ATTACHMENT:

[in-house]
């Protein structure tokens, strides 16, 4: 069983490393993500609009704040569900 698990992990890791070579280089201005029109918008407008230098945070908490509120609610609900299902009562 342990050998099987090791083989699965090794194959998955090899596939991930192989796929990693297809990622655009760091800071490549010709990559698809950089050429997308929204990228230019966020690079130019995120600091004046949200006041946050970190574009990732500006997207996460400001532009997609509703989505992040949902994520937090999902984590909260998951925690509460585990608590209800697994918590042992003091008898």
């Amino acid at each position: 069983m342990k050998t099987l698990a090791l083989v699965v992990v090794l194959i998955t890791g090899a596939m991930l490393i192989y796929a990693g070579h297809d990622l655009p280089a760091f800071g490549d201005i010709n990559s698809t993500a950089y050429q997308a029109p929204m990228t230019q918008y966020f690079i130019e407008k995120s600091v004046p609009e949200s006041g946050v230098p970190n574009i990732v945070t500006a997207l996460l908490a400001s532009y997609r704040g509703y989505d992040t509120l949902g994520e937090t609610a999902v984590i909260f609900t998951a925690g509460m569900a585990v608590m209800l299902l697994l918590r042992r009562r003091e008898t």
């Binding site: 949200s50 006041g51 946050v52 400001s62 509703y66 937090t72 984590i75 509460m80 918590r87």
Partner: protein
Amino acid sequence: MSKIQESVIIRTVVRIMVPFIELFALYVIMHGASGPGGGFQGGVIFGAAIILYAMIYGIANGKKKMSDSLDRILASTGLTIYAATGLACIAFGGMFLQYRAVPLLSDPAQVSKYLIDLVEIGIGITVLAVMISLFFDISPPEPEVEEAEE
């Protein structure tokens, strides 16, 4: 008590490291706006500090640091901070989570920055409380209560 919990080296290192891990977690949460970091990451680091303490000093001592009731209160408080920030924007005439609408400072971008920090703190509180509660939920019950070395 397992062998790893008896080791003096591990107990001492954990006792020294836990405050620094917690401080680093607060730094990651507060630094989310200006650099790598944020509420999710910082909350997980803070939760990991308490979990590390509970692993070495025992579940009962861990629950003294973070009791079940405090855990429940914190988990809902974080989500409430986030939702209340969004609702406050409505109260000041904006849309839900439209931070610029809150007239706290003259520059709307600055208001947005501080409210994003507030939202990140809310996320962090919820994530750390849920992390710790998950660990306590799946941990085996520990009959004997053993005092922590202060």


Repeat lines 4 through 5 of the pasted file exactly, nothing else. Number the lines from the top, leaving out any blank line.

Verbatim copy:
């Binding site: 949200s50 006041g51 946050v52 400001s62 509703y66 937090t72 984590i75 509460m80 918590r87």
Partner: protein